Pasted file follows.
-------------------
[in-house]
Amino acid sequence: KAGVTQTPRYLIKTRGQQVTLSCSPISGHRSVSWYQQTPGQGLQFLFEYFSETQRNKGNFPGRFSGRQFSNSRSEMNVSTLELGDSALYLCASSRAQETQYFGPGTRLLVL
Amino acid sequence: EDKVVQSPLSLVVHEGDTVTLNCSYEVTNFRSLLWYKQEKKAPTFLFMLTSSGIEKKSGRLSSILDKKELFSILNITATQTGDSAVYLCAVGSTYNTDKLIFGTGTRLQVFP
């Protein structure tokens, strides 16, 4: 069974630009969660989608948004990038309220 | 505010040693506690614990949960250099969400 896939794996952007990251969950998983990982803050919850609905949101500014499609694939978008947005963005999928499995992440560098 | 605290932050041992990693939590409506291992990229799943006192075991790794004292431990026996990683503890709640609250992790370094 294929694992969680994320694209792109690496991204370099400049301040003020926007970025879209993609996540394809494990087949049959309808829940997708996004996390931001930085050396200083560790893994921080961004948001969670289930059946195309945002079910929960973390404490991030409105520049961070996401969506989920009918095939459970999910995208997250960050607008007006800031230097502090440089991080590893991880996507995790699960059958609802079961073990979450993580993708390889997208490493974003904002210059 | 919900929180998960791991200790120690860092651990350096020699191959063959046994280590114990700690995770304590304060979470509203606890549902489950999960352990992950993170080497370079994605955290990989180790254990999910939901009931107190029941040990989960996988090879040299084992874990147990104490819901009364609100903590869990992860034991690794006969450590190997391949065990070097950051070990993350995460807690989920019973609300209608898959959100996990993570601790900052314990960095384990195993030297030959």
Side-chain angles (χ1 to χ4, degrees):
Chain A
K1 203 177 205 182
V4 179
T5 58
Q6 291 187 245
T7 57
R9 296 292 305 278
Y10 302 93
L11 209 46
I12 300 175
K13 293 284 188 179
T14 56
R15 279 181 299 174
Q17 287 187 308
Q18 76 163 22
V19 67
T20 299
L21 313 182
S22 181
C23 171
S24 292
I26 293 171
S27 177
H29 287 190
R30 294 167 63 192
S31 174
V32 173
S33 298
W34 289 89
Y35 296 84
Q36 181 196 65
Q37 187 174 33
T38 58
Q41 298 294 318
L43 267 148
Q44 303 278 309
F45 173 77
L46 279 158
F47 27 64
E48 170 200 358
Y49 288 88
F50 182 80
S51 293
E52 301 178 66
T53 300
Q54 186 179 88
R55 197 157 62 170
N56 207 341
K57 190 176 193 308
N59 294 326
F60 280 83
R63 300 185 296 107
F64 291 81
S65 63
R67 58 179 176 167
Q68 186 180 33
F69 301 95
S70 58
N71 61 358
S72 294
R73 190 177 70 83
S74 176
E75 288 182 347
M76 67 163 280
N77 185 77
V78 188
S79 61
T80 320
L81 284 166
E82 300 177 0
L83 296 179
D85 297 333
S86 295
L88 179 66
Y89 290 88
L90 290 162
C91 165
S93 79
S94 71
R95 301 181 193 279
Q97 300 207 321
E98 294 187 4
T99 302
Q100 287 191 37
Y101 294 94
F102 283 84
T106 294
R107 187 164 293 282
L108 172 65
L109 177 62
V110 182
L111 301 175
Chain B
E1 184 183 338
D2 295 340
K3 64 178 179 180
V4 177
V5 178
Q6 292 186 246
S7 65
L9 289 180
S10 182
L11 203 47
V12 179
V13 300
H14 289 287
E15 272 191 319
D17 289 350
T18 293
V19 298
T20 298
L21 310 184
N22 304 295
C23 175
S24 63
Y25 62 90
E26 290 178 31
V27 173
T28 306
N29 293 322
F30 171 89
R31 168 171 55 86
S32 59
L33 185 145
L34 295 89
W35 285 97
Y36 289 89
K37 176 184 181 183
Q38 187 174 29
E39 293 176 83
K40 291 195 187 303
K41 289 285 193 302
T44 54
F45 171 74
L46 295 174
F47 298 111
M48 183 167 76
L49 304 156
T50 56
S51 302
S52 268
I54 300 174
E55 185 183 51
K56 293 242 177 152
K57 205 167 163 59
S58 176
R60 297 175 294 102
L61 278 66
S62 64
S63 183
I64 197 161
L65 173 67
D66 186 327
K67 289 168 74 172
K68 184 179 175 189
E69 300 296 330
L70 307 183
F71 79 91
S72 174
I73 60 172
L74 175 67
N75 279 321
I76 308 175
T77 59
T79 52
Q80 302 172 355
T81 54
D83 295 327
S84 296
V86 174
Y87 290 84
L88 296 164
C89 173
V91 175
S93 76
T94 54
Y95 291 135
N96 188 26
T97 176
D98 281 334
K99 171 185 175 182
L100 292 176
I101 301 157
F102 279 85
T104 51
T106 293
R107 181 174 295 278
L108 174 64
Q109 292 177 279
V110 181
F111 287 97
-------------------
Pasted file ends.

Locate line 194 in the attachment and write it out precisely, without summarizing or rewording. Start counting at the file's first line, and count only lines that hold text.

Q109 292 177 279